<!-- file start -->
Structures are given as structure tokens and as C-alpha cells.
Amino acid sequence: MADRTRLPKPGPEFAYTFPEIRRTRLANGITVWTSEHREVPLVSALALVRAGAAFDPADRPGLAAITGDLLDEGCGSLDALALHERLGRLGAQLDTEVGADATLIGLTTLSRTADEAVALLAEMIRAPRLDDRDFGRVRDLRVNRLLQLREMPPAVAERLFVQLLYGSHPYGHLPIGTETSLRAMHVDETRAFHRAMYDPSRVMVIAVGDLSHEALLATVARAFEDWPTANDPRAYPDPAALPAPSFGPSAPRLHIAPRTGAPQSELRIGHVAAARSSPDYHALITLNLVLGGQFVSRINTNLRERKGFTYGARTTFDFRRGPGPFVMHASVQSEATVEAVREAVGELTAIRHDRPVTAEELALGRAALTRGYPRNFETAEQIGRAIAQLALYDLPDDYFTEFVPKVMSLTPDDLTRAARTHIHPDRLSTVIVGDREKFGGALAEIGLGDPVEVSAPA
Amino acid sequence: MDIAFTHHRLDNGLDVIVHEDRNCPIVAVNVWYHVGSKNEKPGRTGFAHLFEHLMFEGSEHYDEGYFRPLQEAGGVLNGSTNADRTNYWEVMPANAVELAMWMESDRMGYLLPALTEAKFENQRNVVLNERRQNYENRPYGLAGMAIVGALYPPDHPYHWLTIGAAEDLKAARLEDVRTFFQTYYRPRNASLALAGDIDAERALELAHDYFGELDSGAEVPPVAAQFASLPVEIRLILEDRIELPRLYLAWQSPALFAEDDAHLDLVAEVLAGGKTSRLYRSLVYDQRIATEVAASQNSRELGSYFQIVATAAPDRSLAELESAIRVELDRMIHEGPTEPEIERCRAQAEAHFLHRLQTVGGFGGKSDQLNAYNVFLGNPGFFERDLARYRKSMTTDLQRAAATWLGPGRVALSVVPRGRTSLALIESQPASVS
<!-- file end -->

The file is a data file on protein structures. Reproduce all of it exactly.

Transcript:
Structures are given as structure tokens and as C-alpha cells.
Amino acid sequence: MADRTRLPKPGPEFAYTFPEIRRTRLANGITVWTSEHREVPLVSALALVRAGAAFDPADRPGLAAITGDLLDEGCGSLDALALHERLGRLGAQLDTEVGADATLIGLTTLSRTADEAVALLAEMIRAPRLDDRDFGRVRDLRVNRLLQLREMPPAVAERLFVQLLYGSHPYGHLPIGTETSLRAMHVDETRAFHRAMYDPSRVMVIAVGDLSHEALLATVARAFEDWPTANDPRAYPDPAALPAPSFGPSAPRLHIAPRTGAPQSELRIGHVAAARSSPDYHALITLNLVLGGQFVSRINTNLRERKGFTYGARTTFDFRRGPGPFVMHASVQSEATVEAVREAVGELTAIRHDRPVTAEELALGRAALTRGYPRNFETAEQIGRAIAQLALYDLPDDYFTEFVPKVMSLTPDDLTRAARTHIHPDRLSTVIVGDREKFGGALAEIGLGDPVEVSAPA
Amino acid sequence: MDIAFTHHRLDNGLDVIVHEDRNCPIVAVNVWYHVGSKNEKPGRTGFAHLFEHLMFEGSEHYDEGYFRPLQEAGGVLNGSTNADRTNYWEVMPANAVELAMWMESDRMGYLLPALTEAKFENQRNVVLNERRQNYENRPYGLAGMAIVGALYPPDHPYHWLTIGAAEDLKAARLEDVRTFFQTYYRPRNASLALAGDIDAERALELAHDYFGELDSGAEVPPVAAQFASLPVEIRLILEDRIELPRLYLAWQSPALFAEDDAHLDLVAEVLAGGKTSRLYRSLVYDQRIATEVAASQNSRELGSYFQIVATAAPDRSLAELESAIRVELDRMIHEGPTEPEIERCRAQAEAHFLHRLQTVGGFGGKSDQLNAYNVFLGNPGFFERDLARYRKSMTTDLQRAAATWLGPGRVALSVVPRGRTSLALIESQPASVS